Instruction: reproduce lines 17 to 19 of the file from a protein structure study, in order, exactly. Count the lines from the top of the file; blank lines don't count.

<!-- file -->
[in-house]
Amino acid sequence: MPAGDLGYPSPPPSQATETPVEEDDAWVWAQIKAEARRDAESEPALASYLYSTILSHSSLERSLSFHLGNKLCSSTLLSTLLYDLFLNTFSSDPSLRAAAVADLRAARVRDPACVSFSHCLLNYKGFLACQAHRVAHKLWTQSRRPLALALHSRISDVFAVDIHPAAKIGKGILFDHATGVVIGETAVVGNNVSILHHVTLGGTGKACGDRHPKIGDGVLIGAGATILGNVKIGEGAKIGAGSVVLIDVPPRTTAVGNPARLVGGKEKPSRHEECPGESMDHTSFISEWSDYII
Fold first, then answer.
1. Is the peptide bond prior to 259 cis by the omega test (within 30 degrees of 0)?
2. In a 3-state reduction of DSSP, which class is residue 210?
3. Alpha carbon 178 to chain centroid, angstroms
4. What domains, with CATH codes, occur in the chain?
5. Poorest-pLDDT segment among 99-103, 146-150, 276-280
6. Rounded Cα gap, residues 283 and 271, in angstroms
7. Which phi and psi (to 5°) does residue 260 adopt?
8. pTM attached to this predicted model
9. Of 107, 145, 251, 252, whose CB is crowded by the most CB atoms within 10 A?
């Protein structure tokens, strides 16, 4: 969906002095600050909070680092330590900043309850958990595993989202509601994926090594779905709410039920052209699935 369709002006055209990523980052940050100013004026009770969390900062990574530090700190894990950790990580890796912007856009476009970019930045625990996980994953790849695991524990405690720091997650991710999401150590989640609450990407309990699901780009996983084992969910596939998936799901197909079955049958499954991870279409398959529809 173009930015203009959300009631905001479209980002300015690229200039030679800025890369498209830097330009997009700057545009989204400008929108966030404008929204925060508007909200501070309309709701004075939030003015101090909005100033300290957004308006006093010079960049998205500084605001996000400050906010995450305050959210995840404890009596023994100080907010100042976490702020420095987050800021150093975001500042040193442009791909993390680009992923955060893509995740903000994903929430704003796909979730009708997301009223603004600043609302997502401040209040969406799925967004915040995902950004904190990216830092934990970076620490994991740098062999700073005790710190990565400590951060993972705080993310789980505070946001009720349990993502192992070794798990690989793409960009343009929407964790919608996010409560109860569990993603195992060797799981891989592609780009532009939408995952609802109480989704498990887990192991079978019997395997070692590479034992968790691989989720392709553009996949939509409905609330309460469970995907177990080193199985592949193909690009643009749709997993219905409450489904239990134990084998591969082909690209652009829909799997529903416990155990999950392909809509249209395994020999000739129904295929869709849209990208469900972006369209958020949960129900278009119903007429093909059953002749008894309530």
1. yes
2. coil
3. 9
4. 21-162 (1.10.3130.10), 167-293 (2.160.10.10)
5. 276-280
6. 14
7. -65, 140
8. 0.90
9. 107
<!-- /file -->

4. 21-162 (1.10.3130.10), 167-293 (2.160.10.10)
5. 276-280
6. 14